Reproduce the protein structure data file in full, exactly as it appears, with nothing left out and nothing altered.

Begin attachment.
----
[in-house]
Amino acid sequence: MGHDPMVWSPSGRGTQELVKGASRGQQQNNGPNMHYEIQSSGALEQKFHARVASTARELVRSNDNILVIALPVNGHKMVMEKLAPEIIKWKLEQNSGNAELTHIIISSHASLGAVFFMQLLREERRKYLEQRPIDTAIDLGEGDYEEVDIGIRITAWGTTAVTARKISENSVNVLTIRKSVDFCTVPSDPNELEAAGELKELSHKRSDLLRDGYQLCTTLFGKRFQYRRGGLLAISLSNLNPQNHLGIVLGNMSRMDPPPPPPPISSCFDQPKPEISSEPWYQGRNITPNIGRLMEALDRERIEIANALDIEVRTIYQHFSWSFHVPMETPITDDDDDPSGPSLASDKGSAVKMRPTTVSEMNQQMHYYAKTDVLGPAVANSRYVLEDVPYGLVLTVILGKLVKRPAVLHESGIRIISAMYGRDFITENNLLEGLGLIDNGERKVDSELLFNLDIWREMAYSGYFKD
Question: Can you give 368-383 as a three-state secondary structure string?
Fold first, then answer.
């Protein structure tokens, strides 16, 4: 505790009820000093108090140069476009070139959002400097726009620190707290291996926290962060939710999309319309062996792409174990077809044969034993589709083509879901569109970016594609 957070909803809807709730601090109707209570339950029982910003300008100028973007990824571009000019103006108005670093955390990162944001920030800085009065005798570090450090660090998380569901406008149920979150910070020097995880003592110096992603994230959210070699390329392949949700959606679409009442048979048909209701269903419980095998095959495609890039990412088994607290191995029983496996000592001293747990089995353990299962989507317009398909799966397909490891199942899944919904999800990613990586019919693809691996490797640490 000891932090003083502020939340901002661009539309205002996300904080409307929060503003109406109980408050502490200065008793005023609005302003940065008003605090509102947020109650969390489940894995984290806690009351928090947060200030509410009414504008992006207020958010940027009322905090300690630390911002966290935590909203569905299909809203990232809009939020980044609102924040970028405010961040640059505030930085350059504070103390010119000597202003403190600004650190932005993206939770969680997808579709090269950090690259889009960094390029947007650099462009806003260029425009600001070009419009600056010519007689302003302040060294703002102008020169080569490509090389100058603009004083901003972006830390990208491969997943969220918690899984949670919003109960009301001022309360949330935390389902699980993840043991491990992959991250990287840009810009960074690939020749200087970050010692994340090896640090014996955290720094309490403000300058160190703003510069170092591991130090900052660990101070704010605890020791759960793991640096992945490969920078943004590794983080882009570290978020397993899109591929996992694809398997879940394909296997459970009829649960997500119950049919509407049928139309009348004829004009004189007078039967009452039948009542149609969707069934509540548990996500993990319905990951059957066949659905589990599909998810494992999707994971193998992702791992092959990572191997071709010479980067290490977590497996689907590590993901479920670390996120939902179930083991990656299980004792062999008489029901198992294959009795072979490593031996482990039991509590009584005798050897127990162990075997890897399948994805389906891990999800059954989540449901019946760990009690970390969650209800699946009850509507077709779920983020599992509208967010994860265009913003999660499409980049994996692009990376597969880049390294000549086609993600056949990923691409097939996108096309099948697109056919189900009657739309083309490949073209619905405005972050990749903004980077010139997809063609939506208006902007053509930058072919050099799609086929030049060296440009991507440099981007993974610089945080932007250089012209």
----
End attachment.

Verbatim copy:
[in-house]
Amino acid sequence: MGHDPMVWSPSGRGTQELVKGASRGQQQNNGPNMHYEIQSSGALEQKFHARVASTARELVRSNDNILVIALPVNGHKMVMEKLAPEIIKWKLEQNSGNAELTHIIISSHASLGAVFFMQLLREERRKYLEQRPIDTAIDLGEGDYEEVDIGIRITAWGTTAVTARKISENSVNVLTIRKSVDFCTVPSDPNELEAAGELKELSHKRSDLLRDGYQLCTTLFGKRFQYRRGGLLAISLSNLNPQNHLGIVLGNMSRMDPPPPPPPISSCFDQPKPEISSEPWYQGRNITPNIGRLMEALDRERIEIANALDIEVRTIYQHFSWSFHVPMETPITDDDDDPSGPSLASDKGSAVKMRPTTVSEMNQQMHYYAKTDVLGPAVANSRYVLEDVPYGLVLTVILGKLVKRPAVLHESGIRIISAMYGRDFITENNLLEGLGLIDNGERKVDSELLFNLDIWREMAYSGYFKD
Question: Can you give 368-383 as a three-state secondary structure string?
Fold first, then answer.
């Protein structure tokens, strides 16, 4: 505790009820000093108090140069476009070139959002400097726009620190707290291996926290962060939710999309319309062996792409174990077809044969034993589709083509879901569109970016594609 957070909803809807709730601090109707209570339950029982910003300008100028973007990824571009000019103006108005670093955390990162944001920030800085009065005798570090450090660090998380569901406008149920979150910070020097995880003592110096992603994230959210070699390329392949949700959606679409009442048979048909209701269903419980095998095959495609890039990412088994607290191995029983496996000592001293747990089995353990299962989507317009398909799966397909490891199942899944919904999800990613990586019919693809691996490797640490 000891932090003083502020939340901002661009539309205002996300904080409307929060503003109406109980408050502490200065008793005023609005302003940065008003605090509102947020109650969390489940894995984290806690009351928090947060200030509410009414504008992006207020958010940027009322905090300690630390911002966290935590909203569905299909809203990232809009939020980044609102924040970028405010961040640059505030930085350059504070103390010119000597202003403190600004650190932005993206939770969680997808579709090269950090690259889009960094390029947007650099462009806003260029425009600001070009419009600056010519007689302003302040060294703002102008020169080569490509090389100058603009004083901003972006830390990208491969997943969220918690899984949670919003109960009301001022309360949330935390389902699980993840043991491990992959991250990287840009810009960074690939020749200087970050010692994340090896640090014996955290720094309490403000300058160190703003510069170092591991130090900052660990101070704010605890020791759960793991640096992945490969920078943004590794983080882009570290978020397993899109591929996992694809398997879940394909296997459970009829649960997500119950049919509407049928139309009348004829004009004189007078039967009452039948009542149609969707069934509540548990996500993990319905990951059957066949659905589990599909998810494992999707994971193998992702791992092959990572191997071709010479980067290490977590497996689907590590993901479920670390996120939902179930083991990656299980004792062999008489029901198992294959009795072979490593031996482990039991509590009584005798050897127990162990075997890897399948994805389906891990999800059954989540449901019946760990009690970390969650209800699946009850509507077709779920983020599992509208967010994860265009913003999660499409980049994996692009990376597969880049390294000549086609993600056949990923691409097939996108096309099948697109056919189900009657739309083309490949073209619905405005972050990749903004980077010139997809063609939506208006902007053509930058072919050099799609086929030049060296440009991507440099981007993974610089945080932007250089012209």